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Judge Emmet Sullivan on Monday threatened to sanction federal prosecutors in the trial of Sen. Ted Stevens (R-Alaska) after attorneys arranged for a key witness to return to Alaska despite outstanding subpoenas from Stevens’ defense team.

Stevens is charged with filing false financial statements over an eight-year period to conceal the receipt of more than $250,000 in gifts — primarily in renovations to his Girdwood, Alaska, home — from the now-defunct VECO oil services firm and its executives. He has pleaded not guilty.

Stevens’ attorneys filed a motion Sunday night alleging federal prosecutors withheld information about a key witness, Rocky Williams, a former VECO employee whom several witnesses in the case have identified as the day-to-day supervisor of the Girdwood renovations project.

Although federal prosecutors reportedly interviewed Williams in mid-September, the attorneys ultimately determined not to call Williams as a witness and arranged for his return to Alaska on Sept. 25, the same day of opening statements in the trial.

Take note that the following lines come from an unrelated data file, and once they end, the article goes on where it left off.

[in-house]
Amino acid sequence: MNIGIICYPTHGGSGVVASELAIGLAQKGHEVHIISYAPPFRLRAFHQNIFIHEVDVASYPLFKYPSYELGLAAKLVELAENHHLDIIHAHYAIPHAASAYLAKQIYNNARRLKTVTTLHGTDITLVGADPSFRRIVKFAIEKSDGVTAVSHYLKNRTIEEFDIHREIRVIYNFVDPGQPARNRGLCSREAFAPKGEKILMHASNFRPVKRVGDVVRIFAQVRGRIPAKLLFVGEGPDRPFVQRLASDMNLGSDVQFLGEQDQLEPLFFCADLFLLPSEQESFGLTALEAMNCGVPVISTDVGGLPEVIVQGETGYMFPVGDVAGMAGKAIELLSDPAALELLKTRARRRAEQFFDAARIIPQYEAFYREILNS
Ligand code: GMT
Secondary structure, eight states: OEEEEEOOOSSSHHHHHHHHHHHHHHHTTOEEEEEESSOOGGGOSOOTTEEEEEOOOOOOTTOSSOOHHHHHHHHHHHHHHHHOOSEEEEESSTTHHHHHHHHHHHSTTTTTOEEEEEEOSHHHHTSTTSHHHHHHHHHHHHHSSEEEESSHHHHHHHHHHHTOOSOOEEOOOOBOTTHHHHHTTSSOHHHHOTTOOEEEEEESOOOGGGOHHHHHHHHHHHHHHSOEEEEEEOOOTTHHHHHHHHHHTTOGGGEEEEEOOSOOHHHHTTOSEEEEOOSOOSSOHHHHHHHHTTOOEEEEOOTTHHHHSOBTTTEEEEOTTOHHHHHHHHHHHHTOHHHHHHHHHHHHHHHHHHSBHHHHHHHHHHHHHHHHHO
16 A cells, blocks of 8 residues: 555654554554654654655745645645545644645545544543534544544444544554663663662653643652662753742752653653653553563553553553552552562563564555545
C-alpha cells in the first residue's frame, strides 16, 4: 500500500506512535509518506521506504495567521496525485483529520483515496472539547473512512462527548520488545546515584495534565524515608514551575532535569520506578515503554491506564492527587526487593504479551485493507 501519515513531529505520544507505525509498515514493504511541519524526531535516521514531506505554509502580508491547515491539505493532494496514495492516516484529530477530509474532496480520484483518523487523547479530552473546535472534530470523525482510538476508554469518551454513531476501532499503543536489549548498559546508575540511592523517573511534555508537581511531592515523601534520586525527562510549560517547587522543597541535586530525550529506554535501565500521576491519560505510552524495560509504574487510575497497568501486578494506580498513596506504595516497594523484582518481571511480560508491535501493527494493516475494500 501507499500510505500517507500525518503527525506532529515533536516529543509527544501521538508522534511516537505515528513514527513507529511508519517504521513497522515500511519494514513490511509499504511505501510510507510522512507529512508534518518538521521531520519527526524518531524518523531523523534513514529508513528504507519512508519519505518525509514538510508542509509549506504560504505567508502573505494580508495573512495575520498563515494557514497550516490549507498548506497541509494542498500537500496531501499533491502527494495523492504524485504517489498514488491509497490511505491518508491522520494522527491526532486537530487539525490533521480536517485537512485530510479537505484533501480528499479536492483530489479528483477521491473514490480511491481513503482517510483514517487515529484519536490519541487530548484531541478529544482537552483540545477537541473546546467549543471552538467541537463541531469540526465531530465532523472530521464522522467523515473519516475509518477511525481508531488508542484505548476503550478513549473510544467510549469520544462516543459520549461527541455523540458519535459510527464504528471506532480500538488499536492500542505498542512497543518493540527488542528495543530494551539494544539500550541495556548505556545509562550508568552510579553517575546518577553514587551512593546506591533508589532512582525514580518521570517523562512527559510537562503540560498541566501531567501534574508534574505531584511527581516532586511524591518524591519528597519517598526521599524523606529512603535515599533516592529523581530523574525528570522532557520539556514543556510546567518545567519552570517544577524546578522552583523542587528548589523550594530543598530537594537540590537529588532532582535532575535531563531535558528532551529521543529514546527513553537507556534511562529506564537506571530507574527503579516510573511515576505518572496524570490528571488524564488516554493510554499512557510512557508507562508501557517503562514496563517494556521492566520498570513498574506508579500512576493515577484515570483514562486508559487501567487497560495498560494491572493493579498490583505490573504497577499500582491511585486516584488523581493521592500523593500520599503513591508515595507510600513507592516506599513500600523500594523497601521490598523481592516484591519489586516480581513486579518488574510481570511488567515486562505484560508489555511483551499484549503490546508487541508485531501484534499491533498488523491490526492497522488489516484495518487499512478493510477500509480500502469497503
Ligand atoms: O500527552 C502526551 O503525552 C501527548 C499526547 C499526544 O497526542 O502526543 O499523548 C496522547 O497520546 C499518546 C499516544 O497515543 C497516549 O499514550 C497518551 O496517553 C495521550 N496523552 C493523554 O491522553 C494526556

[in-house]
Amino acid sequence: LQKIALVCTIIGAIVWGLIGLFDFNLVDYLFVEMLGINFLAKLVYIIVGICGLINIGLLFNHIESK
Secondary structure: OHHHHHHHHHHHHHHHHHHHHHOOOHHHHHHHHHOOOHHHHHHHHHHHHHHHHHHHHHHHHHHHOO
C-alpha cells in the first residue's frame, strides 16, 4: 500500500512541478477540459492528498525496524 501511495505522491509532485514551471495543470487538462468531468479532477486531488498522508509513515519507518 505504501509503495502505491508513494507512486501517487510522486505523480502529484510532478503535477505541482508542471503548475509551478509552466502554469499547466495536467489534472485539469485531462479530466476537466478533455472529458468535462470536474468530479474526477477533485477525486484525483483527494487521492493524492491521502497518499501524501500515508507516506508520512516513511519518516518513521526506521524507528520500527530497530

“It appeared that Williams may have been in Washington, D.C., for a rather significant period of time prior to the date of opening statement … the government made a unilateral decision to put him on a commercial flight and send him away from the court, knowing that he had also been subpoenaed by defense counsel,” a visibly agitated Sullivan said Monday. “Williams was informed, that: ‘When you arrive in Alaska, you might want to call the other side.’ … I’m concerned that a subpoenaed witness was … advised to leave the District of Columbia, and indeed assisted in leaving the District of Columbia by the government for reasons that have not been fully explored.”

Sullivan directed both sets of attorneys to file statements regarding the incident by Tuesday.

“I’m not suggesting at this point that there’s been misconduct on the part of government attorneys, but I want the parties to brief the issue,” Sullivan said. “If that’s the case, then I’m going to impose sanctions as appropriate.”

Sullivan did not specify what those sanctions could be.

Although Stevens’ attorneys had also sought to dismiss the trial or declare a mistrial, Sullivan rejected that motion, instead ruling that some witnesses could be called to testify a second time in court.

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